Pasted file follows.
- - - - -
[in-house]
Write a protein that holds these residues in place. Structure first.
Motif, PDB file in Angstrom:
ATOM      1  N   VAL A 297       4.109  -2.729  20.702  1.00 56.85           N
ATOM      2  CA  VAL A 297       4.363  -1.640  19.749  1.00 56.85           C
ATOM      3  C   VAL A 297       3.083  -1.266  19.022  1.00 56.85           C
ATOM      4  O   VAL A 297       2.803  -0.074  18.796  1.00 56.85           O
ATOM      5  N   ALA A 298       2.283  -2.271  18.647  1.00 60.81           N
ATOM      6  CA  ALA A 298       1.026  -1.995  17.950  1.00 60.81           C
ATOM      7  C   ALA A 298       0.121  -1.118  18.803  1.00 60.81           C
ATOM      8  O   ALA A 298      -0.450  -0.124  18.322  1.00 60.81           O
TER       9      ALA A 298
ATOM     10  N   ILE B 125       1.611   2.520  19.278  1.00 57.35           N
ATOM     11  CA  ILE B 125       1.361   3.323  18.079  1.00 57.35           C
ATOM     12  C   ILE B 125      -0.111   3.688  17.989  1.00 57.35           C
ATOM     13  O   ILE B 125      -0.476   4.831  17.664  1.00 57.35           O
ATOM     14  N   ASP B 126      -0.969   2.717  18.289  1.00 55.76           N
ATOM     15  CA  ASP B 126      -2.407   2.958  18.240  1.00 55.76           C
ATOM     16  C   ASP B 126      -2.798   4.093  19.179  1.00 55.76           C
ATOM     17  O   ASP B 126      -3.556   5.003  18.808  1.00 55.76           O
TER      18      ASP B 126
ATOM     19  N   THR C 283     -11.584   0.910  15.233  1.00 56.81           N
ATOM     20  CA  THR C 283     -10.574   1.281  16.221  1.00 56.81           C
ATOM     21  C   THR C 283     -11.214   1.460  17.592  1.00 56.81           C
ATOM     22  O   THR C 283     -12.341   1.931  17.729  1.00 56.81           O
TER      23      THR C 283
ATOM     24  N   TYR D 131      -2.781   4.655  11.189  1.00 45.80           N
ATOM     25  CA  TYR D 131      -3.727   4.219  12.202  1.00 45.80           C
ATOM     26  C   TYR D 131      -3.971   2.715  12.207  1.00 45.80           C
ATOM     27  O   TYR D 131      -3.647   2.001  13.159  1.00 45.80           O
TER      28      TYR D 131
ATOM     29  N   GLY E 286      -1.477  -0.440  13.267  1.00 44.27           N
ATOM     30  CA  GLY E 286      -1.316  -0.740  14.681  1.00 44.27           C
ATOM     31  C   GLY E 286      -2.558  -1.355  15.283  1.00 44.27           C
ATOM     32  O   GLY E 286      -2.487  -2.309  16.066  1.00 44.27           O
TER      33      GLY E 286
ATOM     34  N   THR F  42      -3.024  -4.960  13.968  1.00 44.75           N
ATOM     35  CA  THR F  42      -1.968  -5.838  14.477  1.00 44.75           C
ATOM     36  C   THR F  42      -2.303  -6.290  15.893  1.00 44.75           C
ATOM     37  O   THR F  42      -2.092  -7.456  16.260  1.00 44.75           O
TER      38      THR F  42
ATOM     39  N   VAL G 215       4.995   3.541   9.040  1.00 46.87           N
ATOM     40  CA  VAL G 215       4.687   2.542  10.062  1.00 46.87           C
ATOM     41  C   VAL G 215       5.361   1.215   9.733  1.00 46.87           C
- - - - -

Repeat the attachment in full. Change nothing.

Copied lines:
[in-house]
Write a protein that holds these residues in place. Structure first.
Motif, PDB file in Angstrom:
ATOM      1  N   VAL A 297       4.109  -2.729  20.702  1.00 56.85           N
ATOM      2  CA  VAL A 297       4.363  -1.640  19.749  1.00 56.85           C
ATOM      3  C   VAL A 297       3.083  -1.266  19.022  1.00 56.85           C
ATOM      4  O   VAL A 297       2.803  -0.074  18.796  1.00 56.85           O
ATOM      5  N   ALA A 298       2.283  -2.271  18.647  1.00 60.81           N
ATOM      6  CA  ALA A 298       1.026  -1.995  17.950  1.00 60.81           C
ATOM      7  C   ALA A 298       0.121  -1.118  18.803  1.00 60.81           C
ATOM      8  O   ALA A 298      -0.450  -0.124  18.322  1.00 60.81           O
TER       9      ALA A 298
ATOM     10  N   ILE B 125       1.611   2.520  19.278  1.00 57.35           N
ATOM     11  CA  ILE B 125       1.361   3.323  18.079  1.00 57.35           C
ATOM     12  C   ILE B 125      -0.111   3.688  17.989  1.00 57.35           C
ATOM     13  O   ILE B 125      -0.476   4.831  17.664  1.00 57.35           O
ATOM     14  N   ASP B 126      -0.969   2.717  18.289  1.00 55.76           N
ATOM     15  CA  ASP B 126      -2.407   2.958  18.240  1.00 55.76           C
ATOM     16  C   ASP B 126      -2.798   4.093  19.179  1.00 55.76           C
ATOM     17  O   ASP B 126      -3.556   5.003  18.808  1.00 55.76           O
TER      18      ASP B 126
ATOM     19  N   THR C 283     -11.584   0.910  15.233  1.00 56.81           N
ATOM     20  CA  THR C 283     -10.574   1.281  16.221  1.00 56.81           C
ATOM     21  C   THR C 283     -11.214   1.460  17.592  1.00 56.81           C
ATOM     22  O   THR C 283     -12.341   1.931  17.729  1.00 56.81           O
TER      23      THR C 283
ATOM     24  N   TYR D 131      -2.781   4.655  11.189  1.00 45.80           N
ATOM     25  CA  TYR D 131      -3.727   4.219  12.202  1.00 45.80           C
ATOM     26  C   TYR D 131      -3.971   2.715  12.207  1.00 45.80           C
ATOM     27  O   TYR D 131      -3.647   2.001  13.159  1.00 45.80           O
TER      28      TYR D 131
ATOM     29  N   GLY E 286      -1.477  -0.440  13.267  1.00 44.27           N
ATOM     30  CA  GLY E 286      -1.316  -0.740  14.681  1.00 44.27           C
ATOM     31  C   GLY E 286      -2.558  -1.355  15.283  1.00 44.27           C
ATOM     32  O   GLY E 286      -2.487  -2.309  16.066  1.00 44.27           O
TER      33      GLY E 286
ATOM     34  N   THR F  42      -3.024  -4.960  13.968  1.00 44.75           N
ATOM     35  CA  THR F  42      -1.968  -5.838  14.477  1.00 44.75           C
ATOM     36  C   THR F  42      -2.303  -6.290  15.893  1.00 44.75           C
ATOM     37  O   THR F  42      -2.092  -7.456  16.260  1.00 44.75           O
TER      38      THR F  42
ATOM     39  N   VAL G 215       4.995   3.541   9.040  1.00 46.87           N
ATOM     40  CA  VAL G 215       4.687   2.542  10.062  1.00 46.87           C
ATOM     41  C   VAL G 215       5.361   1.215   9.733  1.00 46.87           C